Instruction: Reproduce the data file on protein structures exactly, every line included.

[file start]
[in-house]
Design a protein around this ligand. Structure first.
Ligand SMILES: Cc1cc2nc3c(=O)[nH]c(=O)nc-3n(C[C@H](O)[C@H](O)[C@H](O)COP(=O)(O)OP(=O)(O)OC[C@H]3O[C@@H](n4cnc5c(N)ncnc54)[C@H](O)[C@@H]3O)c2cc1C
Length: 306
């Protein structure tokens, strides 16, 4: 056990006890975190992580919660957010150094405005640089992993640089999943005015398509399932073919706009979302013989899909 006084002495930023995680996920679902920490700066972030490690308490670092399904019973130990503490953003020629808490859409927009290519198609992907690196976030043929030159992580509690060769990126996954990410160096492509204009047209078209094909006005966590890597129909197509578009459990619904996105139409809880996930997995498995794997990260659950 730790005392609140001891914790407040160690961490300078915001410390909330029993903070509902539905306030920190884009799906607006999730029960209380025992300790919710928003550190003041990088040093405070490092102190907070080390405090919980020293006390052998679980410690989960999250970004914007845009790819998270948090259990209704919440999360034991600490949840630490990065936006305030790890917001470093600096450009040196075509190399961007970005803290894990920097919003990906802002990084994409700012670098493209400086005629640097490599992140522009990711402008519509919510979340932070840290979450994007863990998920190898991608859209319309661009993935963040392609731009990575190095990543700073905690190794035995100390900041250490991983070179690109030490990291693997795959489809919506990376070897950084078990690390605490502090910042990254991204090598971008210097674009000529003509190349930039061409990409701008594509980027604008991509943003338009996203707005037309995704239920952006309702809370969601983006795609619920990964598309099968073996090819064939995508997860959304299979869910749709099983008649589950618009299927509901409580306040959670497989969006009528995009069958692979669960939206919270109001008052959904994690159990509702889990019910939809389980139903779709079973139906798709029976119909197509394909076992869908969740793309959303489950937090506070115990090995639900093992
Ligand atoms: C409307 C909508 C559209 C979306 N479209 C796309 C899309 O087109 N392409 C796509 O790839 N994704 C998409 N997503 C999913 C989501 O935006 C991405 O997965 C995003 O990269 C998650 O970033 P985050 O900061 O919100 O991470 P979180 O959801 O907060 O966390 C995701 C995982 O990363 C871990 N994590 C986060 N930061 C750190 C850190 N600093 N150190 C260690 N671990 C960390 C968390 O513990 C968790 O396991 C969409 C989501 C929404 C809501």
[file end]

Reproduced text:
[in-house]
Design a protein around this ligand. Structure first.
Ligand SMILES: Cc1cc2nc3c(=O)[nH]c(=O)nc-3n(C[C@H](O)[C@H](O)[C@H](O)COP(=O)(O)OP(=O)(O)OC[C@H]3O[C@@H](n4cnc5c(N)ncnc54)[C@H](O)[C@@H]3O)c2cc1C
Length: 306
């Protein structure tokens, strides 16, 4: 056990006890975190992580919660957010150094405005640089992993640089999943005015398509399932073919706009979302013989899909 006084002495930023995680996920679902920490700066972030490690308490670092399904019973130990503490953003020629808490859409927009290519198609992907690196976030043929030159992580509690060769990126996954990410160096492509204009047209078209094909006005966590890597129909197509578009459990619904996105139409809880996930997995498995794997990260659950 730790005392609140001891914790407040160690961490300078915001410390909330029993903070509902539905306030920190884009799906607006999730029960209380025992300790919710928003550190003041990088040093405070490092102190907070080390405090919980020293006390052998679980410690989960999250970004914007845009790819998270948090259990209704919440999360034991600490949840630490990065936006305030790890917001470093600096450009040196075509190399961007970005803290894990920097919003990906802002990084994409700012670098493209400086005629640097490599992140522009990711402008519509919510979340932070840290979450994007863990998920190898991608859209319309661009993935963040392609731009990575190095990543700073905690190794035995100390900041250490991983070179690109030490990291693997795959489809919506990376070897950084078990690390605490502090910042990254991204090598971008210097674009000529003509190349930039061409990409701008594509980027604008991509943003338009996203707005037309995704239920952006309702809370969601983006795609619920990964598309099968073996090819064939995508997860959304299979869910749709099983008649589950618009299927509901409580306040959670497989969006009528995009069958692979669960939206919270109001008052959904994690159990509702889990019910939809389980139903779709079973139906798709029976119909197509394909076992869908969740793309959303489950937090506070115990090995639900093992
Ligand atoms: C409307 C909508 C559209 C979306 N479209 C796309 C899309 O087109 N392409 C796509 O790839 N994704 C998409 N997503 C999913 C989501 O935006 C991405 O997965 C995003 O990269 C998650 O970033 P985050 O900061 O919100 O991470 P979180 O959801 O907060 O966390 C995701 C995982 O990363 C871990 N994590 C986060 N930061 C750190 C850190 N600093 N150190 C260690 N671990 C960390 C968390 O513990 C968790 O396991 C969409 C989501 C929404 C809501």